2020 has been a strange year for shopkeepers. In March all nonessential stores had to close in England. Although most stores were allowed to reopen in July footfall is still down in the shopping centres and malls. Customers are worried about their jobs, many have been put on furlough or on reduced hours. Others prefer to shop on line rather than risk catching covid or wearing a mask.
I help in a local charity shop and we have had to limit the number of customers in store, introduce a one way system, prevent customers trying on clothing and quarantine donations for thirty-six hours. An alarming number of well known names are holding closing down sales.
Cabot circus one of Bristol’s main shopping centres has tried to match the public mood by having low key autumn decorations. Autumn leaves now cover everthing from a piano to a bicycle.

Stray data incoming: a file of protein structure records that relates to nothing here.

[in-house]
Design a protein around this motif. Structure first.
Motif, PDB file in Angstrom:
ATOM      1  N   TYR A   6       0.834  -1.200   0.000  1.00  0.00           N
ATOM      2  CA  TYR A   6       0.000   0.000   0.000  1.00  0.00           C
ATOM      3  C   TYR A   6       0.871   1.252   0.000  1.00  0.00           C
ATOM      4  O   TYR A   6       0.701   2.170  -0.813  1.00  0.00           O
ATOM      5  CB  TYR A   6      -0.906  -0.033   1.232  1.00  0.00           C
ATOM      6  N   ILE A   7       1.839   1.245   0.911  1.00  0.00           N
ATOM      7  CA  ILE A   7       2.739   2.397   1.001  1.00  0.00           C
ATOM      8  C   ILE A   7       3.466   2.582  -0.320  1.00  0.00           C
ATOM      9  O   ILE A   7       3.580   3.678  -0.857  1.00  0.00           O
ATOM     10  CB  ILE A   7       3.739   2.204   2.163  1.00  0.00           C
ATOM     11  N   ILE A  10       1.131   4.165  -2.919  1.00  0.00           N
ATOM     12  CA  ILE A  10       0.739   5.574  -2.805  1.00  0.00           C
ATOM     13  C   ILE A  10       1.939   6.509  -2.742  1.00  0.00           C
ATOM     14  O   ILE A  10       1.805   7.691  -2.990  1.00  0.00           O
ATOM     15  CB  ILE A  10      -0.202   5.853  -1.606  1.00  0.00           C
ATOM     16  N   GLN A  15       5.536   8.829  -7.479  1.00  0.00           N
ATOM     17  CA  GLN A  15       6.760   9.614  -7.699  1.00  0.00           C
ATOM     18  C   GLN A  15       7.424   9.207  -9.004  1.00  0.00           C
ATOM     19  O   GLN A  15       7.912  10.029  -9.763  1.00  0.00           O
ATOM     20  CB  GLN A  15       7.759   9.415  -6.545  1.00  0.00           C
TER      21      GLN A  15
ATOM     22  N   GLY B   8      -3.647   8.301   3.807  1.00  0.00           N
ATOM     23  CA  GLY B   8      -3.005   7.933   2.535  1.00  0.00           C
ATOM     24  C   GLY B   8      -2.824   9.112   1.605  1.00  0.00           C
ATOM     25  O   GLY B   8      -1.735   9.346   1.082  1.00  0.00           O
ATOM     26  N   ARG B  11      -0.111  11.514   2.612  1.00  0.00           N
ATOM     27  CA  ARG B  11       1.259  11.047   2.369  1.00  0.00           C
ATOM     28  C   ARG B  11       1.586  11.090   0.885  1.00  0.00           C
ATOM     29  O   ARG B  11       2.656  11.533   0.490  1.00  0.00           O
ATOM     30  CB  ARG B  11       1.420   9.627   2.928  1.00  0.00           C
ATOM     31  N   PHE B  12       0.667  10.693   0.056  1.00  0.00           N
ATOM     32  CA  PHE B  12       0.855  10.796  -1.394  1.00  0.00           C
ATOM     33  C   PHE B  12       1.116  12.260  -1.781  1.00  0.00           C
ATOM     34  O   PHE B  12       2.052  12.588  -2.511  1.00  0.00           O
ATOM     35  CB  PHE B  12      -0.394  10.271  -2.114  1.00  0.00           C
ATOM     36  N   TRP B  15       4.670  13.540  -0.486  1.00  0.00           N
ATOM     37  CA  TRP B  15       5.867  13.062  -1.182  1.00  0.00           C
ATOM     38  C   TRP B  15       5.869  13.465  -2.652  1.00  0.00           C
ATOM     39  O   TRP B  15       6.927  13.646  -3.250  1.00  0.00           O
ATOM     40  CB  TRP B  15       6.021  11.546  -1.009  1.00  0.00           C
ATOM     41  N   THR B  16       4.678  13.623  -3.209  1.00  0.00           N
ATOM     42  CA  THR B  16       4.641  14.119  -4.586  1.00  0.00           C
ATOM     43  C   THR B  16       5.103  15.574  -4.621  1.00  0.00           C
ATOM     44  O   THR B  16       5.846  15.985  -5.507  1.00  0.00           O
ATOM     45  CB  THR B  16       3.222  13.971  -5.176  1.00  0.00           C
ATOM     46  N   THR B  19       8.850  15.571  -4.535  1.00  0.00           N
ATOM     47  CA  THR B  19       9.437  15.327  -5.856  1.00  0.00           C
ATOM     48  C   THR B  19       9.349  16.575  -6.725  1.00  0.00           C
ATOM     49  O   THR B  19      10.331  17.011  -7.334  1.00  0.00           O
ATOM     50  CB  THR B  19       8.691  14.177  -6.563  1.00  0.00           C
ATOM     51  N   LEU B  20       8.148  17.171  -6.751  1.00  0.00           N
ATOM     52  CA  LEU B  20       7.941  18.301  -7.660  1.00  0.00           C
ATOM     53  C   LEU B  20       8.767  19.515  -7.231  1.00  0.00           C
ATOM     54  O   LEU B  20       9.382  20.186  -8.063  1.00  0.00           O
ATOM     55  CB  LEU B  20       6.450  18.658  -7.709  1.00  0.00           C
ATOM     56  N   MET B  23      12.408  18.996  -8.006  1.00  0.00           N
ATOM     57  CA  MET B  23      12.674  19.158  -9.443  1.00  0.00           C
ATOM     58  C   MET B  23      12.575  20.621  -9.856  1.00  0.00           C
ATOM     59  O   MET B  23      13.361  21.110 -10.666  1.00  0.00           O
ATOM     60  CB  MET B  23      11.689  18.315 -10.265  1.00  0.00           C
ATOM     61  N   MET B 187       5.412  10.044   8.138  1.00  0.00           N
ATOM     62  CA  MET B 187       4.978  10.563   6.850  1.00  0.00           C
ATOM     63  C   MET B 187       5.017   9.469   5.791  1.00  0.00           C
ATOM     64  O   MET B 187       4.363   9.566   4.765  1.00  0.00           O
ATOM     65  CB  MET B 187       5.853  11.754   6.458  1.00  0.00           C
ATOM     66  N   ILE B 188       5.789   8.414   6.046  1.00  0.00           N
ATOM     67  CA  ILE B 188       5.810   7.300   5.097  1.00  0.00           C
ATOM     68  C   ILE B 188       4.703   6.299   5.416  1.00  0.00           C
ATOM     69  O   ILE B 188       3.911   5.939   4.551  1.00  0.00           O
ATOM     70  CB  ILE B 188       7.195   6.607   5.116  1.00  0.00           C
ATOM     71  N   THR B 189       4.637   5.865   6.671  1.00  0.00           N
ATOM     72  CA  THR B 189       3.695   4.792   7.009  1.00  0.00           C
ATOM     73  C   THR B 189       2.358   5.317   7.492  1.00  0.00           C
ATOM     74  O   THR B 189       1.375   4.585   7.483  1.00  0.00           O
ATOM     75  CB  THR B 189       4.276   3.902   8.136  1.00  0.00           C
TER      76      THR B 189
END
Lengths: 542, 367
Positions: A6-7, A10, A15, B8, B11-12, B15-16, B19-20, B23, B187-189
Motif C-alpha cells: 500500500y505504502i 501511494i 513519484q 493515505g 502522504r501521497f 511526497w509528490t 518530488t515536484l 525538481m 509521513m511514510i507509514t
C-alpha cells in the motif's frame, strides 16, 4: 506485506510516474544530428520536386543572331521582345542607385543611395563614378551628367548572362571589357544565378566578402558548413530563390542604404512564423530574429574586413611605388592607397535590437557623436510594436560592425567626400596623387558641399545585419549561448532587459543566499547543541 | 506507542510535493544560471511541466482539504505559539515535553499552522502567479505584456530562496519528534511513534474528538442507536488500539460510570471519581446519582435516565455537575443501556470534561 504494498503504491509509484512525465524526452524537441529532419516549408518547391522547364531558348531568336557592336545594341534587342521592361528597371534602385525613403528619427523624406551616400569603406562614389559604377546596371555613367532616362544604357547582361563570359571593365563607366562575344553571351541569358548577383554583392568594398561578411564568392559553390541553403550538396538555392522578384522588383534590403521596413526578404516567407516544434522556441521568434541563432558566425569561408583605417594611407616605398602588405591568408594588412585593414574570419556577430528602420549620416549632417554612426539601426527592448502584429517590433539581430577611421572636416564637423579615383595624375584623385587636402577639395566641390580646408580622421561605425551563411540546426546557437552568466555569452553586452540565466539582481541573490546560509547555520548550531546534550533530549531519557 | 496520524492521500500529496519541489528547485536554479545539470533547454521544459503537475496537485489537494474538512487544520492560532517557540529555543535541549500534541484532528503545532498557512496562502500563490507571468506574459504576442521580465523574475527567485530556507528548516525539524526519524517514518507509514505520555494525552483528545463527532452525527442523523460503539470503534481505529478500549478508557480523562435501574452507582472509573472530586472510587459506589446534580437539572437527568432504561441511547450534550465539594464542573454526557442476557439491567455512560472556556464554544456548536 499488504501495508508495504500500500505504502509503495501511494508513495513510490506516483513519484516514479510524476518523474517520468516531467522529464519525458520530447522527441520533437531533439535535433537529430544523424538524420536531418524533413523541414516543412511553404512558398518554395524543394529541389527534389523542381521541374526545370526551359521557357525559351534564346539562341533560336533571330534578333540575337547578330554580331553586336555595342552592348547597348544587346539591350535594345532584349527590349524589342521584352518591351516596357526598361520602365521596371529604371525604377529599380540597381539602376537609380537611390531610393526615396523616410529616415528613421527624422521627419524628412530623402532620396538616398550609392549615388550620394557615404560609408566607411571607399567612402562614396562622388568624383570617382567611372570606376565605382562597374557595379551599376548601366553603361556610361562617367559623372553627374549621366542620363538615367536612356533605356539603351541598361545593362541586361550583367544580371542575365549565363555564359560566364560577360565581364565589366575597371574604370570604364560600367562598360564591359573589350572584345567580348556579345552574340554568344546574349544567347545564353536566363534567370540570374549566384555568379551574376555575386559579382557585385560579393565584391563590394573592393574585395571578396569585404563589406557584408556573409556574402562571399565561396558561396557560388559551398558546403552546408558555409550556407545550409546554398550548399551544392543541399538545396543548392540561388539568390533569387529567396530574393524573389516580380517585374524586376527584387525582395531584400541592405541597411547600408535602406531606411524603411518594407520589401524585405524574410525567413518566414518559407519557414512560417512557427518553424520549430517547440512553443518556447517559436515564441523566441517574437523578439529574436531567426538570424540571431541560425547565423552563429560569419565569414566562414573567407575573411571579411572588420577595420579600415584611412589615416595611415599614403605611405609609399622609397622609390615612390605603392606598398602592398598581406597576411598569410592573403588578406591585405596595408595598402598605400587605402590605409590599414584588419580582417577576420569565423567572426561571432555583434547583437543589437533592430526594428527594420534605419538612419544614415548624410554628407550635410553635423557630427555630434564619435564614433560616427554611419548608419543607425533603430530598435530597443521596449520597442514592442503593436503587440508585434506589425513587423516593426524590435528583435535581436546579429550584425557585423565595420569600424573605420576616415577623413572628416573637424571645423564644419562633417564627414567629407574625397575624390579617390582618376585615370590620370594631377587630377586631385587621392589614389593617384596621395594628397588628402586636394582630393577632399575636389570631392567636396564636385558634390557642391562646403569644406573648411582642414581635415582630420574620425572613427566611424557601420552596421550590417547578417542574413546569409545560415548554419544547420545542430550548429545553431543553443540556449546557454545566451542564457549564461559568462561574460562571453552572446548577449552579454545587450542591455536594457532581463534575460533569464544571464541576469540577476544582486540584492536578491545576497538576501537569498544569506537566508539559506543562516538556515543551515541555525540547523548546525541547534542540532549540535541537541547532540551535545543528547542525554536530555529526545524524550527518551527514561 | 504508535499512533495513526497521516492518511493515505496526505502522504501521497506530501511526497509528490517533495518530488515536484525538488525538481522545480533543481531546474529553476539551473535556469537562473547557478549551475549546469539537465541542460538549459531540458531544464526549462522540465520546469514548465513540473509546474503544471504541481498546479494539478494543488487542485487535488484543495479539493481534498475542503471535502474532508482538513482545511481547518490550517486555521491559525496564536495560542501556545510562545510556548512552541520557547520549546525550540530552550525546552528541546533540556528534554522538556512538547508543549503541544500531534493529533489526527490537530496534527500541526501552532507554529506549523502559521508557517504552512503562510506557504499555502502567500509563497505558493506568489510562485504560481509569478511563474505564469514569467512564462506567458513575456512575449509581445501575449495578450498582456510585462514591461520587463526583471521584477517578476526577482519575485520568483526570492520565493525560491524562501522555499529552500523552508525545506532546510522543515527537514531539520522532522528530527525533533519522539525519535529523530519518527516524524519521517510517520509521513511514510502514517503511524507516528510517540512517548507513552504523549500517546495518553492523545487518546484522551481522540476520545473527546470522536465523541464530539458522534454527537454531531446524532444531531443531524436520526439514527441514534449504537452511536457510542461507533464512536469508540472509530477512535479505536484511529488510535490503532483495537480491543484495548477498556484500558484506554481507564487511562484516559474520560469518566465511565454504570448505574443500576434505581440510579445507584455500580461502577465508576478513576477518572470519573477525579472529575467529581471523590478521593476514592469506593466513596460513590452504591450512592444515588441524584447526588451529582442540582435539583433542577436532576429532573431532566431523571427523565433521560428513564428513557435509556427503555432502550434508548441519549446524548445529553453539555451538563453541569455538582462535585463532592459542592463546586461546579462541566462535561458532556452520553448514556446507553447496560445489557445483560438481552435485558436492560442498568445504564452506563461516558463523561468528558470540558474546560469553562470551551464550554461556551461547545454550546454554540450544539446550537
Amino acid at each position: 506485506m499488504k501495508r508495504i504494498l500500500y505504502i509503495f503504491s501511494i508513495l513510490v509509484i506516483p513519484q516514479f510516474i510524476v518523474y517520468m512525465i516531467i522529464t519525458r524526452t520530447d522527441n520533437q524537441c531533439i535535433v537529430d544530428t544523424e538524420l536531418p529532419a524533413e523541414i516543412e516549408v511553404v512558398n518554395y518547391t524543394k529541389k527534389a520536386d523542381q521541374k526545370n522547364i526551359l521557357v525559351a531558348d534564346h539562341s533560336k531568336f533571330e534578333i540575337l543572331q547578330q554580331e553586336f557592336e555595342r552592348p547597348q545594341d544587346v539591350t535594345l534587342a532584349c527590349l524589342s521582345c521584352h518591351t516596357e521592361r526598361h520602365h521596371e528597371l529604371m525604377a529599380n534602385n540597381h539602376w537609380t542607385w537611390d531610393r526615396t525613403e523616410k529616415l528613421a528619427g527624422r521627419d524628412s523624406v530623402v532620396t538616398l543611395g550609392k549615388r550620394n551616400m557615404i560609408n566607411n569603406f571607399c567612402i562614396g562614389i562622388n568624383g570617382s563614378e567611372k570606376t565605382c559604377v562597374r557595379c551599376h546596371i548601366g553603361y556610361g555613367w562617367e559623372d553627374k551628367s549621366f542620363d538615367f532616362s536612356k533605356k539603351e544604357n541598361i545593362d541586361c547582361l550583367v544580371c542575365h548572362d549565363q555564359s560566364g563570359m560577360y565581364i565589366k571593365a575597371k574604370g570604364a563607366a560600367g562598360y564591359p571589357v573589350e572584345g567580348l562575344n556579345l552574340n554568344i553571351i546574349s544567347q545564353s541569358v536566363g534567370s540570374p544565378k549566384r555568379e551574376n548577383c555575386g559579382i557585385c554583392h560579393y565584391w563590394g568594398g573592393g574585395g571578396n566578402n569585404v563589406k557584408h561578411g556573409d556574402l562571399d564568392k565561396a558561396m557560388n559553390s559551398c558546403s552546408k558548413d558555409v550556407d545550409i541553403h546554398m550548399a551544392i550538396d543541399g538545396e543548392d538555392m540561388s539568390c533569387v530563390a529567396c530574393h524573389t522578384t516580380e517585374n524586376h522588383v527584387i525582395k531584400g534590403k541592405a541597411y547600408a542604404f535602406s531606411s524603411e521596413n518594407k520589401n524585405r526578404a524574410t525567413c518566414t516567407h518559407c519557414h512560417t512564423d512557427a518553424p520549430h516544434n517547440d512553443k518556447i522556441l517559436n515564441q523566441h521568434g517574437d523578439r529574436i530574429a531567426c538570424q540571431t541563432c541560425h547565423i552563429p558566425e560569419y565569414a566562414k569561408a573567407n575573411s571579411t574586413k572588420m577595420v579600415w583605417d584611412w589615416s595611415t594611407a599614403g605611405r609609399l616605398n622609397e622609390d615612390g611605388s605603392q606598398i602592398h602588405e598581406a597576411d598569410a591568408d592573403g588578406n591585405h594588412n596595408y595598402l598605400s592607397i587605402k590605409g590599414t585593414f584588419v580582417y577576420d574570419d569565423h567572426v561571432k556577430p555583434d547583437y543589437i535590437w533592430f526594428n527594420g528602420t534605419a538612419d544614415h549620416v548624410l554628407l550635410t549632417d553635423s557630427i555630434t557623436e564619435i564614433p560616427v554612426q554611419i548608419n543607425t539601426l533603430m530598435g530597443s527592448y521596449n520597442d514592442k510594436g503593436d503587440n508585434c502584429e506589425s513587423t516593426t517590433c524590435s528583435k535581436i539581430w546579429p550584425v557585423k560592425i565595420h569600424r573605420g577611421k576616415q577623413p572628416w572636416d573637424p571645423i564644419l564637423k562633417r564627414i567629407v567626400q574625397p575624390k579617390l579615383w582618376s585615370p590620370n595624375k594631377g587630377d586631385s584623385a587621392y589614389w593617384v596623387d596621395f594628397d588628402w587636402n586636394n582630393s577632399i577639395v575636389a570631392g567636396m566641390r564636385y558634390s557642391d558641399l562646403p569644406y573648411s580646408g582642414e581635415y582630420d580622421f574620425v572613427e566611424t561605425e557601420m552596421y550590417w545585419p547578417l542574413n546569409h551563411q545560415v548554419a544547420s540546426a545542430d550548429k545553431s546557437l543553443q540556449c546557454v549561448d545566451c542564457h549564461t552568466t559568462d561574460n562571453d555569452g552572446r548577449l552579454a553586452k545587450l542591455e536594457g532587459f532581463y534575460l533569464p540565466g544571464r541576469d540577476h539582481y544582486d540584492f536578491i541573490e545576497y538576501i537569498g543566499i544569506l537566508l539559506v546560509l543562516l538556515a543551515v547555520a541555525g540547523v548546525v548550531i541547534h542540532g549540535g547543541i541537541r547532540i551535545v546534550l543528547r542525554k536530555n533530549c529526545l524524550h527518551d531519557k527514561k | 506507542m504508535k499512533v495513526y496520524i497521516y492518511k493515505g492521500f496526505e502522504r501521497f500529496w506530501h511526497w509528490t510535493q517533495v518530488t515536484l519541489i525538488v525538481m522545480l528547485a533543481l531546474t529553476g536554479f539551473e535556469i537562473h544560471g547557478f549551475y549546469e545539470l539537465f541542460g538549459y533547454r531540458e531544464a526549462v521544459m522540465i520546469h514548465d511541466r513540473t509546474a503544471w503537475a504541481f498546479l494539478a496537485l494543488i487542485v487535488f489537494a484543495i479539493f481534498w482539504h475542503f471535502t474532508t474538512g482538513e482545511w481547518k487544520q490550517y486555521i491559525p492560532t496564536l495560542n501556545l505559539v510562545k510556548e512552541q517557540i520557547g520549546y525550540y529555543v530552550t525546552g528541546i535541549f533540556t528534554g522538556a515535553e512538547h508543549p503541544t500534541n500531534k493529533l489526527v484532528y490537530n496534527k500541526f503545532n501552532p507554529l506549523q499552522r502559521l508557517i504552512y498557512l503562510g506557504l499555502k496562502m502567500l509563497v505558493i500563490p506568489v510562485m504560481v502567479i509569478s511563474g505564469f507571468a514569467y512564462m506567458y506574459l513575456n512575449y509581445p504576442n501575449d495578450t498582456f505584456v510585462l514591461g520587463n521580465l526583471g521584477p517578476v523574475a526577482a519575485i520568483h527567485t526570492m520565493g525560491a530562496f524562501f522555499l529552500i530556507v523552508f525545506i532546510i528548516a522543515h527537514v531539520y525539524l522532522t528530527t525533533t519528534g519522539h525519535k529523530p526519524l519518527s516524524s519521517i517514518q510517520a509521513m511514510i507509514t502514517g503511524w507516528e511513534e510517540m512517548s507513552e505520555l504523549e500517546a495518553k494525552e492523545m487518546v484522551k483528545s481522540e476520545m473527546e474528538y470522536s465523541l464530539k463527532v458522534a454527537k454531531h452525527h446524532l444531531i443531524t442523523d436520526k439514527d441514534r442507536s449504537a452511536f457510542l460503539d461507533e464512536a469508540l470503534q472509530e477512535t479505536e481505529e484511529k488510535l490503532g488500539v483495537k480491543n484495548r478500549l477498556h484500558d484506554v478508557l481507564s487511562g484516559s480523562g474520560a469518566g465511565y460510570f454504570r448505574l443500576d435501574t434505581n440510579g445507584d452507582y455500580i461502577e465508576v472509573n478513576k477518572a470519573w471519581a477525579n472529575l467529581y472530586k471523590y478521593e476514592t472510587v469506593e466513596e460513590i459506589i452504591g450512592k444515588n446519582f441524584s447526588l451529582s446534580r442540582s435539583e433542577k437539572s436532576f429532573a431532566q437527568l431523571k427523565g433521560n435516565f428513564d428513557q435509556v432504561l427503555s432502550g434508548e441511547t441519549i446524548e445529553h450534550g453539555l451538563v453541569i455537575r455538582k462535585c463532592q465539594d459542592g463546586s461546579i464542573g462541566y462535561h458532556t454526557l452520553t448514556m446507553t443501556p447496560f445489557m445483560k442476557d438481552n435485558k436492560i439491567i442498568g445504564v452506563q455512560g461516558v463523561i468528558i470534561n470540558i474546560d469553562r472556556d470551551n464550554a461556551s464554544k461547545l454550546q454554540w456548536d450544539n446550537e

Where are they now? The British phone box
Everyone knows the iconic red telephone box designed by Sir Giles Gilbert Scott in 1926. In 2006 it was voted one of Britain’s top 10 design classics along with the mini, the submarine, the spitfire, the London tube map, the World Wide web, Corncorde and the routemaster double decker bus. But have you ever wondered what happened to them when we all bought mobile phones. Little used boxes can be adopted for other uses. I have seen them used to house defibrilators, as small libraries and as kiosks but I think these two are rather special.
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